Barletta Backs Comprehensive Mental Health Reform
WASHINGTON – Congressman Lou Barletta (PA-11) today voted in favor of sweeping legislation to reform the mental health system, addressing the needs of more than 10 million Americans facing serious mental illness and the countless others who go without diagnosis or treatment. The Helping Families in Mental Health Crisis Act (H.R. 2646), authored by Rep. Tim Murphy (PA-18), breaks down federal barriers to care, clarifies privacy standards for families and caregivers; reforms outdated programs, expands parity accountability, and invests in services for the most difficult to treat cases while driving evidence-based care. H.R. 2646 passed the House of Representatives by a vote of 422-to-2.
“For too long, people with mental illnesses have been stigmatized and neglected by a health care system that did not adequately respond to their needs,” Barletta said. “This is important legislation that will help individuals and families identify and treat conditions that have impacted so many lives.”
The Helping Families in Mental Health Crisis Act:
- Empowers parents and caregivers to access care before stage four, or the latest stage of the chronic disease process.
- Fixes shortages of inpatient beds.
- Reaches underserved and rural populations.
- Expands the mental health workforce.
- Drives evidence-based care.
- Provides alternatives to institutionalization.
- Integrates primary and behavior care.
- Increases physician volunteerism.
- Advances critical medical research.
- Brings accountability to mental health and substance use parity.
“We know that there is a nationwide shortage of nearly 100,000 psychiatric beds, and that three of the largest mental health ‘hospitals’ are actually criminal detention facilities – the Cook County, Los Angeles County, and Rikers Island jails,” Barletta said. “This is an unacceptable situation which must be rectified so that we can begin to help people and families who need it most.”
In particular, the legislation:
Allows Parents and Caregivers to Help With Care
- Breaks down barriers so families can work with doctors and mental health professionals as meaningful partners in health care delivery.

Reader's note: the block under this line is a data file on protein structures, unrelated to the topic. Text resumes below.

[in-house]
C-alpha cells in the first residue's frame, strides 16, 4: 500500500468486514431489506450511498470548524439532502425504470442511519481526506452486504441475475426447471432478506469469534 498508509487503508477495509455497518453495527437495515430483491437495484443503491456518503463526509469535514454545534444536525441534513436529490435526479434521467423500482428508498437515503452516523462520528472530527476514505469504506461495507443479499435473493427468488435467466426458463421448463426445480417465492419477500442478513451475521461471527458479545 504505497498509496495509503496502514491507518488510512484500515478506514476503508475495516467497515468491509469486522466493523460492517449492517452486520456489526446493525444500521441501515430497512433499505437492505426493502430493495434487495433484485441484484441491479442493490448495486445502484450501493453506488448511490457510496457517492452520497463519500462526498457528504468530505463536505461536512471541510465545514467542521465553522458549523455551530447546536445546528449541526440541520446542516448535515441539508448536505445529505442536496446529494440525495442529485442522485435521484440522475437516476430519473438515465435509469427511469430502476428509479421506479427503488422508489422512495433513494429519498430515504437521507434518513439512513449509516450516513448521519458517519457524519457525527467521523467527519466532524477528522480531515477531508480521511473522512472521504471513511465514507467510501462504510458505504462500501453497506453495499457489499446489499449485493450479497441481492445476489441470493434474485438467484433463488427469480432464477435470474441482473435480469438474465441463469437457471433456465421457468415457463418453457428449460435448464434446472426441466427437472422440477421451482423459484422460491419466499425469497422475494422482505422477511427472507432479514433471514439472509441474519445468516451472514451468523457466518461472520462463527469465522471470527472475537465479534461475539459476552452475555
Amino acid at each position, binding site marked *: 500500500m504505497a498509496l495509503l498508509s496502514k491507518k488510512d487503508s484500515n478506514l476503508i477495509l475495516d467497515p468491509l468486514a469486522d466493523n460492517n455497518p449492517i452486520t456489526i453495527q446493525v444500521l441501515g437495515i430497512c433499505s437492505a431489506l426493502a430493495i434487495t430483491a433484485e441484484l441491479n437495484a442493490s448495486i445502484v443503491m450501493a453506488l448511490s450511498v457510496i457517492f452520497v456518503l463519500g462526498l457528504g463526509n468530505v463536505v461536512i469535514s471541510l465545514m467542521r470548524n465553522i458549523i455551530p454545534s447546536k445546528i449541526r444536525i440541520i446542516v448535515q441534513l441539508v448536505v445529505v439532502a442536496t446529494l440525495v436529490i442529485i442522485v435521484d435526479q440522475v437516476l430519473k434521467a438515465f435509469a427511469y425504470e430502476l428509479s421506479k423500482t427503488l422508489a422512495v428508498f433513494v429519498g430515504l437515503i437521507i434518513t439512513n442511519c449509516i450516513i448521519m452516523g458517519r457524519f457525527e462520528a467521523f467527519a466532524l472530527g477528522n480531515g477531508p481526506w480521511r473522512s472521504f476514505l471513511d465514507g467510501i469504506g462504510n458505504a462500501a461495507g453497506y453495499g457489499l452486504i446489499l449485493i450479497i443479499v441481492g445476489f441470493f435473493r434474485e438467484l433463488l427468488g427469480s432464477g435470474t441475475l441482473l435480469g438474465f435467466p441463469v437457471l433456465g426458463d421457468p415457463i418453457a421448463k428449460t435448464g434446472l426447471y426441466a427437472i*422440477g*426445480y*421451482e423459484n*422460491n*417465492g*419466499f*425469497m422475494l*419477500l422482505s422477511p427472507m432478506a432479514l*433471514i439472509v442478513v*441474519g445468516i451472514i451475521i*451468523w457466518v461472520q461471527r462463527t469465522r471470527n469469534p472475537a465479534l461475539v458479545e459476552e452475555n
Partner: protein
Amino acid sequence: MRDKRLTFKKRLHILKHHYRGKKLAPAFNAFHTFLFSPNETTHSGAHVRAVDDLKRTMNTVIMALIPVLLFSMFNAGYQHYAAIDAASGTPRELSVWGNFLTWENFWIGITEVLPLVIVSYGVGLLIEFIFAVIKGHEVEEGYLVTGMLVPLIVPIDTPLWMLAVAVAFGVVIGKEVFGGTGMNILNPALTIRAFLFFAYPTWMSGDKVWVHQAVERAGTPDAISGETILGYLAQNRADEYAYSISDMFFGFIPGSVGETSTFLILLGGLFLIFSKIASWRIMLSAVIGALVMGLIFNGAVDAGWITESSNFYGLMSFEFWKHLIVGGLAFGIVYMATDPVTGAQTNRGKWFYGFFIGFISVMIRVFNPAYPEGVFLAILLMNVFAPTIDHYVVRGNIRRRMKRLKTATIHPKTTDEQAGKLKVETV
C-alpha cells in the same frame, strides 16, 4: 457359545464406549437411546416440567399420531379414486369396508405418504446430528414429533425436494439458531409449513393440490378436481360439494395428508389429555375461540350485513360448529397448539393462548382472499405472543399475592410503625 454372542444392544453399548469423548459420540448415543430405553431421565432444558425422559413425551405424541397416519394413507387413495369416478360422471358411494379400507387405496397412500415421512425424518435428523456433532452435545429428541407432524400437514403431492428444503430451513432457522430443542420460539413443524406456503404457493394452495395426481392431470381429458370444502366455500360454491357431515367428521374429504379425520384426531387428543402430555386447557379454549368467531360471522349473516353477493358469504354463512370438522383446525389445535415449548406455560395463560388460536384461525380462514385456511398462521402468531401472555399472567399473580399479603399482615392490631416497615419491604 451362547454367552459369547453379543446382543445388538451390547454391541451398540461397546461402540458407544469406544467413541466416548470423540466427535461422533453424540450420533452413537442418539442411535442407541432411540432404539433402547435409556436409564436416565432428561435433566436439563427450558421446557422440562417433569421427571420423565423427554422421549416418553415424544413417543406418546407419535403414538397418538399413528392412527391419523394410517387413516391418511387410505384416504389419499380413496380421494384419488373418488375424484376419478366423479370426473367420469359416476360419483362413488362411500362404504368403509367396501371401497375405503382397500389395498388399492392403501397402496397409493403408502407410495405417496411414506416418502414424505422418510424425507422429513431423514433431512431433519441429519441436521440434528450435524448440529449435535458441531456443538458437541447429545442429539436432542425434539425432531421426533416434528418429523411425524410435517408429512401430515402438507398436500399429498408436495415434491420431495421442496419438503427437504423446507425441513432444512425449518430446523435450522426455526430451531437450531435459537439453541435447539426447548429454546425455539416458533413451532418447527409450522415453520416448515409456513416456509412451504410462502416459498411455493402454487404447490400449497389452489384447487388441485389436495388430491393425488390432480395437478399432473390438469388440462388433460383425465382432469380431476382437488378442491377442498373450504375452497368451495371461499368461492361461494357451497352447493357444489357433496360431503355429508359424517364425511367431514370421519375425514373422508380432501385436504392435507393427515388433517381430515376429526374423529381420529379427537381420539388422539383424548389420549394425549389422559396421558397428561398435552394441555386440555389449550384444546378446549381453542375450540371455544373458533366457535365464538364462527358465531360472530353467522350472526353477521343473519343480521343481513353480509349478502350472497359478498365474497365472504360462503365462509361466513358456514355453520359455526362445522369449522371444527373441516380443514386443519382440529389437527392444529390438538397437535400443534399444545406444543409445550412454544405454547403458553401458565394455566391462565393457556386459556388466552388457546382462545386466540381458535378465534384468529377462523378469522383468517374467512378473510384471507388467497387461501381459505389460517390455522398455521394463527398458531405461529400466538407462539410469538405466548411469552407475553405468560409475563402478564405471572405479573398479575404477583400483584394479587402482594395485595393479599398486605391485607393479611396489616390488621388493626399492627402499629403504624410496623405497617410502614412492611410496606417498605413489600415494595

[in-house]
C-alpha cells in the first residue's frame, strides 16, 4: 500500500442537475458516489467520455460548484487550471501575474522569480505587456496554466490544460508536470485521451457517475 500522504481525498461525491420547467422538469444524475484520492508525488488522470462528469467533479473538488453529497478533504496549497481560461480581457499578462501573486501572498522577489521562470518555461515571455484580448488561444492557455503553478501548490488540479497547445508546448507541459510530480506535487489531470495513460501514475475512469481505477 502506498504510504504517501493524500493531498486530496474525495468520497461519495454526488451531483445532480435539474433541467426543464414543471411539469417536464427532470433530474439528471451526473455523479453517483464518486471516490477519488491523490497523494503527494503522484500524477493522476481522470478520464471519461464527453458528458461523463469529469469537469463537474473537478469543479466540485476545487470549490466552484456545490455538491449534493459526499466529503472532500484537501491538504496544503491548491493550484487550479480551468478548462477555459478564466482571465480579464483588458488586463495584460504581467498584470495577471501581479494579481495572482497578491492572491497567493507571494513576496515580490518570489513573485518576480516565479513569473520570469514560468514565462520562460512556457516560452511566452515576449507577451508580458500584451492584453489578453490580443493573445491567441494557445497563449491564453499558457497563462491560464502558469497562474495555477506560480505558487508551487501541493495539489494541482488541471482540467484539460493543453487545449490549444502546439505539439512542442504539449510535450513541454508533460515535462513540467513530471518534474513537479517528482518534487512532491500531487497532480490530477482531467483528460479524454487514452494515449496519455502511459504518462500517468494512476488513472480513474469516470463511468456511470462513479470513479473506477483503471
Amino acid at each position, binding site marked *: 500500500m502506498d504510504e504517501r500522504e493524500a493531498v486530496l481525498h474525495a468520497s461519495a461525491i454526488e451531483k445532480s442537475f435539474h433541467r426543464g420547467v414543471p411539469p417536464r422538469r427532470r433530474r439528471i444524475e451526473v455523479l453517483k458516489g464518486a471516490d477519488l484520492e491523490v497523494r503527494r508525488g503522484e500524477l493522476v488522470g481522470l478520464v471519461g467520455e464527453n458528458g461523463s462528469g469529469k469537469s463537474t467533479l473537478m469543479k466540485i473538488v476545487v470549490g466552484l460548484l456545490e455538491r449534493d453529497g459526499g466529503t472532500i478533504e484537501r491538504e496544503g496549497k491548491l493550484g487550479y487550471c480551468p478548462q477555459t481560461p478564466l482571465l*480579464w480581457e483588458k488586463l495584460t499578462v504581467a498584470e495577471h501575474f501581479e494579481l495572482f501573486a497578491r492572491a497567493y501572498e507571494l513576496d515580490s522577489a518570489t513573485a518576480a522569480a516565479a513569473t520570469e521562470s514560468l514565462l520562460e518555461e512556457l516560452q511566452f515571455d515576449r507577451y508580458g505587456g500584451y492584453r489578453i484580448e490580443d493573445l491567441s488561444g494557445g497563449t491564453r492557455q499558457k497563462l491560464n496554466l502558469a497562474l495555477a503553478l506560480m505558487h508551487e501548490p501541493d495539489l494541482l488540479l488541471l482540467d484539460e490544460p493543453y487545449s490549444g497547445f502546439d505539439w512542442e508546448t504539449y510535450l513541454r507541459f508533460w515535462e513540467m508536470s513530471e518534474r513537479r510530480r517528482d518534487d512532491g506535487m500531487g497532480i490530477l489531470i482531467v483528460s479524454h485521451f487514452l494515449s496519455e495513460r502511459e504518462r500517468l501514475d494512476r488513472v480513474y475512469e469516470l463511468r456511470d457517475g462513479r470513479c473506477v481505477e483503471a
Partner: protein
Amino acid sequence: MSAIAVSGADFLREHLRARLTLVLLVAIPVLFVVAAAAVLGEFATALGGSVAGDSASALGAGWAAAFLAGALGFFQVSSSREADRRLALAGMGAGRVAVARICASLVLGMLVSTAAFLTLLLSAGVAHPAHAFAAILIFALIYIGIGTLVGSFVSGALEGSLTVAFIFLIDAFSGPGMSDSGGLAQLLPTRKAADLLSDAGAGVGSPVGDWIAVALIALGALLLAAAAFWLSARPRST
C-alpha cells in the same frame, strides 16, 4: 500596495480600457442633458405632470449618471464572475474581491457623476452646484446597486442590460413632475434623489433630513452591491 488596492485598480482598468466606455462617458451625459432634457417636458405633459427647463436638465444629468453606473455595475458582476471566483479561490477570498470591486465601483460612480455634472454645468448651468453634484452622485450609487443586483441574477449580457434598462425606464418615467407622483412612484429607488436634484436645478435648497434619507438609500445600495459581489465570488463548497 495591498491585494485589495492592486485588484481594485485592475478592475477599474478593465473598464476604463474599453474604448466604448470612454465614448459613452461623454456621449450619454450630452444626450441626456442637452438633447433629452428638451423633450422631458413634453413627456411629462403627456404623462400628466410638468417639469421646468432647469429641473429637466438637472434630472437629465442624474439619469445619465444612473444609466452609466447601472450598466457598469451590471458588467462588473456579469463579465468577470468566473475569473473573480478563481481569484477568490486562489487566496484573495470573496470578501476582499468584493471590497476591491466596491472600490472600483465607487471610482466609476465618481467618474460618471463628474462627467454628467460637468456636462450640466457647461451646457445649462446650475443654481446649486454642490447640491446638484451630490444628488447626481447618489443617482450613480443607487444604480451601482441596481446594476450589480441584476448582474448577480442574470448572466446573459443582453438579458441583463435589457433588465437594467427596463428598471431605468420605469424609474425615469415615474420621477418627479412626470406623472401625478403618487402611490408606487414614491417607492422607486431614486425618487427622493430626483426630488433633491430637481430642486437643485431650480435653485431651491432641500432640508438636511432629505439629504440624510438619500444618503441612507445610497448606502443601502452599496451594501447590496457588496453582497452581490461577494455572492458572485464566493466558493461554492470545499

Increases the Number of Crisis Mental Health Beds
- Provides additional psychiatric hospital beds for those experiencing an acute mental health crisis and in need of short term immediate inpatient care for patient stabilization.
Drives Evidence-Based Care
- Establishes an Assistant Secretary for Mental Health and Substance Use with experience in mental health and substance use treatment to elevate these issues, coordinate programs across agencies, and promote evidence-based programs.
Builds on Existing Mental Health & Substance Abuse Parity laws
- Requires a public report on all federal investigations into compliance with the parity law so families and consumers know what treatment they have rights to access.
- Develops an action plan for improved enforcement of existing parity requirements.
- Clarifies that eating disorders must be covered under the current mental health parity standards.
Brings Accountability to Federal Grant Programs
- Establishes the National Mental Health Policy Laboratory to state objective and scientific outcome measure for all mental health grants.
Focuses on Innovation
- Creates a National Mental Health Policy Laboratory to drive innovative models of care, and develop evidence-based standards for grant programs.
Reaches Underserved and Rural Populations
- Advances tele-psychiatry to link pediatricians and primary care doctors with psychiatrists and psychologists in areas where patients don’t have access to needed care.
Expands the Mental Health Workforce
- Requires the Assistant Secretary to study and develop a national strategy for increasing the number of psychiatrists, child & adolescent psychiatrists, psychologists, psychiatric nurse practitioners, clinical social workers, and mental health peer-support specialists.
- Authorizes for the first time the Minority Fellowship Program.
Advances Early Intervention and Prevention Programs
- Authorizes, for the first time in federal law, the Recovery after Initial Schizophrenia Episode (RAISE), an evidence-based early intervention program.
- Reauthorizes the National Child Traumatic Stress Network.
- Launches a new early childhood grant program to provide intensive services for children with serious emotional disturbances in an educational setting.
Develops Alternatives to Institutionalization
- Incentivizes states to provide community-based alternatives to institutionalization for those with serious mental illness, such as Assisted Outpatient Treatment, Assertive Community Treatment, and other intensive community-based approaches.
Focuses on Suicide Prevention
- Reauthorizes the Garrett Lee Smith Suicide Prevention Program and for the first time authorizes the Suicide Prevention Hotline.
Increases Program Coordination across the Federal Government
- Establishes Interagency Serious Mental Illness Coordinating Committee to organize, integrate, and coordinate the research, treatment, housing and services for individuals with substance use disorders and mental illness.
Reforms Protection & Advocacy
- Fixes the broken grievance procedure by providing an independent pathway so families can once again participate in the protection, care and advocacy on behalf of their loved ones.